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Practical ideas to care for your God-given gifts

Toolkit offers practical ideas to care for yourself and others, particularly in ways that reflect your faith and values. Published every other month, this free newsletter is a quick read – only two pages – on current news and trends with important but simple applications for your life today.

Volume 43, Number 6 - November/December 2016

Good sermons, warm welcome

Good preaching is more important than anything else when people look for a new church, according to a Pew Research Center study released in August … Among U.S. adults hoping to find a new congregation, 83 percent said the quality of sermons is a factor … That was followed closely (79 percent) by feeling welcomed by clergy and lay leaders, 74 percent who said the style of services is important and 70 percent who said location was a factor … Forty-eight percent said they considered switching denominations when they searched for a new church, while 49 percent said they only considered churches within the denomination with which they already identify.

Give the dog a carrot

Dogs don’t digest foods the way humans do, which explains why chocolate is such a hazard for our canine friends … Even licking an icing bowl can cause digestive problems for dogs and could even lead to abnormal heart rhythm, tremors, seizures and death, according to WebMD … The culprit in chocolate is theobromine, a central nervous system stimulant … In fact, many foods humans enjoy create potential problems for dogs, including pantry items such as baking powder, baking soda or nutmeg … Healthy “people food” snacks for your dog include carrot sticks, green beans or slices of apples, oranges, bananas or watermelon.

Your big moments

Getting married, having children, taking on a new job, or simply buying a new home or car all mean financial changes in life – and sometimes it all happens fast ... For whatever life brings, get a little help from a trusted representative and take some worry off your shoulders ... When you get ready today, you can feel more confident about tomorrow ... Take a moment to visit to watch our new video and find out more.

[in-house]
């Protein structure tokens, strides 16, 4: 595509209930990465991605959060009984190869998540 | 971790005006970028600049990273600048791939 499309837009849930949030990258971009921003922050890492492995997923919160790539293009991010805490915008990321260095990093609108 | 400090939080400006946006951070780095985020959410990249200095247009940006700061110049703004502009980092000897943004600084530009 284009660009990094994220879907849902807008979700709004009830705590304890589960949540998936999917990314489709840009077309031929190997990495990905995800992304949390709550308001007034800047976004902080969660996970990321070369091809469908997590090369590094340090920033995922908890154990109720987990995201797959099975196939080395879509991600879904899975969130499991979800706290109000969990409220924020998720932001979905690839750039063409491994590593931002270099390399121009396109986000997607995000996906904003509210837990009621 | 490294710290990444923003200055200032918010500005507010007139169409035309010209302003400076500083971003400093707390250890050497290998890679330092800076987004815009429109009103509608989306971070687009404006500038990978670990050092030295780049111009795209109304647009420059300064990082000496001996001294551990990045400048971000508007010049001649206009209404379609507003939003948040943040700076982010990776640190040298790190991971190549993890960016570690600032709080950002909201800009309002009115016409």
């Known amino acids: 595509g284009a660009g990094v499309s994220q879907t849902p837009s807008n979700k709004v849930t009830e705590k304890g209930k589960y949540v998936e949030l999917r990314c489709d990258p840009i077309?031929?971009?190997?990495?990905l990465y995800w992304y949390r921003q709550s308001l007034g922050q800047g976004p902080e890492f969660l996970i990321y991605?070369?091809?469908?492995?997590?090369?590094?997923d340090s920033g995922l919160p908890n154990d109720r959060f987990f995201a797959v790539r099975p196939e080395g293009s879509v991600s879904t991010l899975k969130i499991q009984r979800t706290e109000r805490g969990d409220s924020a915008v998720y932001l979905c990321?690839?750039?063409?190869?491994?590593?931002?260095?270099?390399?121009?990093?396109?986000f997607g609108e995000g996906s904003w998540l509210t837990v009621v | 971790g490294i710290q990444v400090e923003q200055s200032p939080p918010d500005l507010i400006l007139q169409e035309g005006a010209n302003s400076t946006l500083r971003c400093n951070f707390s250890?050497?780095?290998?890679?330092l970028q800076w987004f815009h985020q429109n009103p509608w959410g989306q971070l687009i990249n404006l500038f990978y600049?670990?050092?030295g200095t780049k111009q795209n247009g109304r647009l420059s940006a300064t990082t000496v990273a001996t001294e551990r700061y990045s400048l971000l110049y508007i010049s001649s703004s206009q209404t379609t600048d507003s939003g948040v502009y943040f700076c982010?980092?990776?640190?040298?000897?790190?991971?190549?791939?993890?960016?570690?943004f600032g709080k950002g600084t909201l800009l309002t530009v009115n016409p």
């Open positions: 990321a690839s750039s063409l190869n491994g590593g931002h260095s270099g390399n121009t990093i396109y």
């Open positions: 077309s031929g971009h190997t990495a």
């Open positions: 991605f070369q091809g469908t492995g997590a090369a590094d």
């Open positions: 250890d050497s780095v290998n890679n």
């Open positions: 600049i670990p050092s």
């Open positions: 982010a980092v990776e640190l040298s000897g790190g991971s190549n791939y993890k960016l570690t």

Not a banner biz year

2015 wasn’t a super year for global businesses … Fortune magazine, in its Global 500 issue, noted that cumulative sales of the biggest companies on the planet declined by 11.5 percent from 2014 … Much of that was blamed on China’s economic slowdown and a slumping oil industry … Three U.S.-based companies made the top 10 of the Global 500 – Wal-Mart Stores, at #1, Exxon Mobil at #6 and Apple at #9 … Chinese companies State Grid, China National Petroleum and Sinopec Group placed second through fourth … Rounding out the top 10 were Royal Dutch Shell, the Netherlands, #5; Volkswagen, Germany, #7; Toyota Motor, Japan, #8; and BP, Britain, #10.

Sending food to the landfill

The average family of four in the U.S. wastes about $1,500 per year on food it throws away, according to Consumer Reports … In fact, 40 percent of the food produced in this country ends up in the trash … Households toss almost half of the wasted food, with another big chunk thrown away by supermarkets, restaurants and governmental units … In fact, 28 percent of the world’s agricultural land is used to produce food that never gets eaten … The author of Waste Free Kitchen Handbook, Dana Gunders, advises tracking what you throw away and why, then adjusting your shopping and cooking habits accordingly.

Amish top 300,000